On March 8, interim Yemeni President Abd Rabu Mansour Hadi announced the formation of theConstitution Drafting Committee (CDC), which has been highly controversial within the Yemeni political scene. Several political groups, including the Socialist Party, independent youth organizations, and members of the Islah Party are protesting their lack of representation in the CDC, while others object to the committee’s overall composition, arguing that its members have virtually no expertise in the federalist system model that Yemen aspires to adopt.
In his announcement, Hadi specified that the CDC would have seventeen members; this contradicts theagreement reached by the nation-building team at the National Dialogue Conference, which recommended that the CDC be comprised of 30 members selected according to their area of expertise. However, the National Dialogue Conference Consensus Committee, which represented all the factions in the dialogue, reduced the number of CDC members without any explanation. Currently, only one of these members has experience in constitutional law, but lacks the requisite ten years in the field. The other members have assorted specializations, some of which are unrelated to the constitution. Yet Hadi’s decision was not only heavily criticized for not having the CDC meet standards of legal expertise, but also for not representing the same spectrum of movements as the National Dialogue Conference did. The one group that is better represented in the CDC is women, of which there are four on the seventeen-member committee.
Youth groups, meanwhile, feel marginalized after having proposed specific representatives as specified in the National Dialogue Memorandum that was signed by Hadi on November 21. They were unpleasantly surprised when none of these nominees were selected for the CDC—as they noted in their statement following the announcement of its formation. Seeing as the composition of the CDC combines technocratic and partisan aspects, there are concerns that the members will remain loyal to the parties they represent—particularly Islah and General People’s Congress. Other parties, not well represented on the CDC, are also concerned. The Socialist Party, with only one representative, and the southern secessionist faction headed by Ali Salem al-Beidh argue that the CDC’s formulation is a move to bypass their proposals altogether.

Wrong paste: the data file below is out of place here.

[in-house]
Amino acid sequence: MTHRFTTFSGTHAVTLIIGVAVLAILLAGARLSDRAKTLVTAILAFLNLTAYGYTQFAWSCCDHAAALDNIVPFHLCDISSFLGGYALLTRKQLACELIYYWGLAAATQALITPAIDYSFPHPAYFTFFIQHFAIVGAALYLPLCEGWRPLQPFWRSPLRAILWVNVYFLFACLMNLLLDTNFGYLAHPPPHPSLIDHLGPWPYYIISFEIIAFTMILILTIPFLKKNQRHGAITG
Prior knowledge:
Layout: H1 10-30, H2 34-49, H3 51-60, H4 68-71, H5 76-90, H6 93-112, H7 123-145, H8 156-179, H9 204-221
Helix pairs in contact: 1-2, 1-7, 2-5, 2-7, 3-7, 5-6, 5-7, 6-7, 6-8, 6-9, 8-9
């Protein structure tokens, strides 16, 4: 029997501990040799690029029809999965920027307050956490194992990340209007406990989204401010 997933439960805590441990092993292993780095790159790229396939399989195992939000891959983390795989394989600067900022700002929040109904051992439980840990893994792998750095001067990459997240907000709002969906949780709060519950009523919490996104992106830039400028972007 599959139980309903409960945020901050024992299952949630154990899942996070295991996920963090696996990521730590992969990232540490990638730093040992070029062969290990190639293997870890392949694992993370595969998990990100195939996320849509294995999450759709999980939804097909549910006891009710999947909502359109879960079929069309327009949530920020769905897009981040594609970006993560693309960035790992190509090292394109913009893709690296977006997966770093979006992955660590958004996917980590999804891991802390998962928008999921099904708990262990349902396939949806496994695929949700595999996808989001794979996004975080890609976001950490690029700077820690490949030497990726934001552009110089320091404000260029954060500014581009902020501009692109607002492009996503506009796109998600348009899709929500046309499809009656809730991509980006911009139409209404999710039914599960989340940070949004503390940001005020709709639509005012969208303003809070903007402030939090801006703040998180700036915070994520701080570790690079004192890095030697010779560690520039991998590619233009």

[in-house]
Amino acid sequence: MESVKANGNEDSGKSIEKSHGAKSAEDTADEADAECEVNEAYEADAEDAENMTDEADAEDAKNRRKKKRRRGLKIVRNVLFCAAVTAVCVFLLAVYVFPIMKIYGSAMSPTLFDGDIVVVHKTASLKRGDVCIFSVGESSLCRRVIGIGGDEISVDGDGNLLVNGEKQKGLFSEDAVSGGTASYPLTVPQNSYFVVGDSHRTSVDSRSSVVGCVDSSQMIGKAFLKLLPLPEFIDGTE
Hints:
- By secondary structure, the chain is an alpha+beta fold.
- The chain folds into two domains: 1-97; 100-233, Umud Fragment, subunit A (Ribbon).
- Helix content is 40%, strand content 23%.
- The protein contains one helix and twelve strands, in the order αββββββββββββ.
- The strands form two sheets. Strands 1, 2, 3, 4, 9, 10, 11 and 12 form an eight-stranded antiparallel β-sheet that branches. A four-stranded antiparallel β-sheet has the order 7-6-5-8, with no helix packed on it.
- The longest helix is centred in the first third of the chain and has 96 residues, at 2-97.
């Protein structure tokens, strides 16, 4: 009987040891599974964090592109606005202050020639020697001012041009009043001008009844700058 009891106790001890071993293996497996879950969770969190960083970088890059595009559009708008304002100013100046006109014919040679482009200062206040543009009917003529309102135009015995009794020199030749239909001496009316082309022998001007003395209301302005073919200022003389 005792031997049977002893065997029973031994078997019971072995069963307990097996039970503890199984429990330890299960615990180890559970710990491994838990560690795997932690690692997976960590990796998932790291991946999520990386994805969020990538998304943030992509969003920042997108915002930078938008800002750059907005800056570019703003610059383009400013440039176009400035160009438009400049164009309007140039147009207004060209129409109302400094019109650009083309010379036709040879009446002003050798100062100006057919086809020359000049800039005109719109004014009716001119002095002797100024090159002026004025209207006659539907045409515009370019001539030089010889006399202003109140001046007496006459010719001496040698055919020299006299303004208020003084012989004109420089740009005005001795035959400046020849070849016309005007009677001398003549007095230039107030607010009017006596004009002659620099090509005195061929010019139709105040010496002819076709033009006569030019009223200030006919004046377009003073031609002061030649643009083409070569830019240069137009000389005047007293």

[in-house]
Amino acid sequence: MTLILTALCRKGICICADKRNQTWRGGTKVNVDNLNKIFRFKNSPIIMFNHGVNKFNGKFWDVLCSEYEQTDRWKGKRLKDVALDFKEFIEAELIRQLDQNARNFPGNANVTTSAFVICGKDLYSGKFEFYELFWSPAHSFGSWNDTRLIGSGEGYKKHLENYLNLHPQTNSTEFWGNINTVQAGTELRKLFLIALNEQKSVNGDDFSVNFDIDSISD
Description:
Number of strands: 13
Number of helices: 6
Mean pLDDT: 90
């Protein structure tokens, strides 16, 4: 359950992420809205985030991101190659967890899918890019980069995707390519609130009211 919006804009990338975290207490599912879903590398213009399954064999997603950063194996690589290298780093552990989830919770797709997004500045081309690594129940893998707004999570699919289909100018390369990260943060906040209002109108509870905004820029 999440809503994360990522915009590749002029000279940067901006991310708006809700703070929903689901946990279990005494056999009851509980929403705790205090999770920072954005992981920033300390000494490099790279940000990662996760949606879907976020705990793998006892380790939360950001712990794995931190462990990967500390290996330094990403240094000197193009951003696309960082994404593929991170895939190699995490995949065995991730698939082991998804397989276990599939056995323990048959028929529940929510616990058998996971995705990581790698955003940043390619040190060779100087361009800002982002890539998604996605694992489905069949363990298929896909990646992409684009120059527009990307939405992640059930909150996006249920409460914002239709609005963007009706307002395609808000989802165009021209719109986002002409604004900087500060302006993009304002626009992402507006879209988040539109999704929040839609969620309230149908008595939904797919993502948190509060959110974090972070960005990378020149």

A key feature of the Yemeni state envisioned by the National Dialogue Conference is the presidential federalist system. Building a presidential system would require curbing the president’s powers by removing financial powers from his control, making it a prerogative of the federal legislative branch. The CDC would also need to formulate constitutional articles outlining the federal state and the relationship between the center and the regions in several areas, most importantly the judiciary, public revenue and its redistribution, and concession contracts for mineral extraction. This question has been of concern for many in Yemen’s political elite, who have cautioned the CDC to choose its wording carefully. With insufficient expertise in constitutional law among CDC members—and the relative lack of input from key groups and parties—these necessary articles may not curb presidential authority enough to allow for the federalist system in Yemen.
President Hadi granted the CDC one year to finish its job, with the possibility of further extensions if need be, whereas the original National Dialogue Conference proposal had limited this period to only six months. This move is widely interpreted as a way for Hadi to extend Yemen’s interim period and remain in power longer than originally envisioned. Giving credence to this interpretation is the fact that Hadi has given the CDC the power to supervise a constitutional referendum and organize campaigns to educate Yemenis about the constitution. The CDC will present a draft of the constitution for review and discussion to the National Oversight Agency, a body that is mandated to implement the outputs of the National Dialogue Conference and whose members are scheduled to be announced in the near future. The chair of the constitutional committee in parliament, Ali Abu Haliqa, has said that given the enormity of the CDC’s task, there is no chance that it will not have its timeframe extended—especially after the CDC was assigned further tasks, including preparing laws on the federal regions. However, a prolonged constitutional drafting process could plunge Yemen into a legislative void, generating uncertainty about a range of issues.
The naming of CDC members has clearly taken on considerations unrelated to the constitutional drafting process. This could have been avoided by restricting membership to constitutional experts and politicians in the National Oversight Agency. Yemenis hope that the new constitution will meet their aspirations and put a decisive end to the uncertainty that has paralyzed the country politically and economically. The CDC will need to preserve a fragile unity between the diverse components of the Yemeni population, which it cannot do without ensuring that all voices have a say in Yemen’s next constitution.
This article is reprinted with permission from Sada. It can be accessed online at:
Ashraf Al-Falahi is a Sana’a-based Yemeni journalist.
This article was translated from Arabic.
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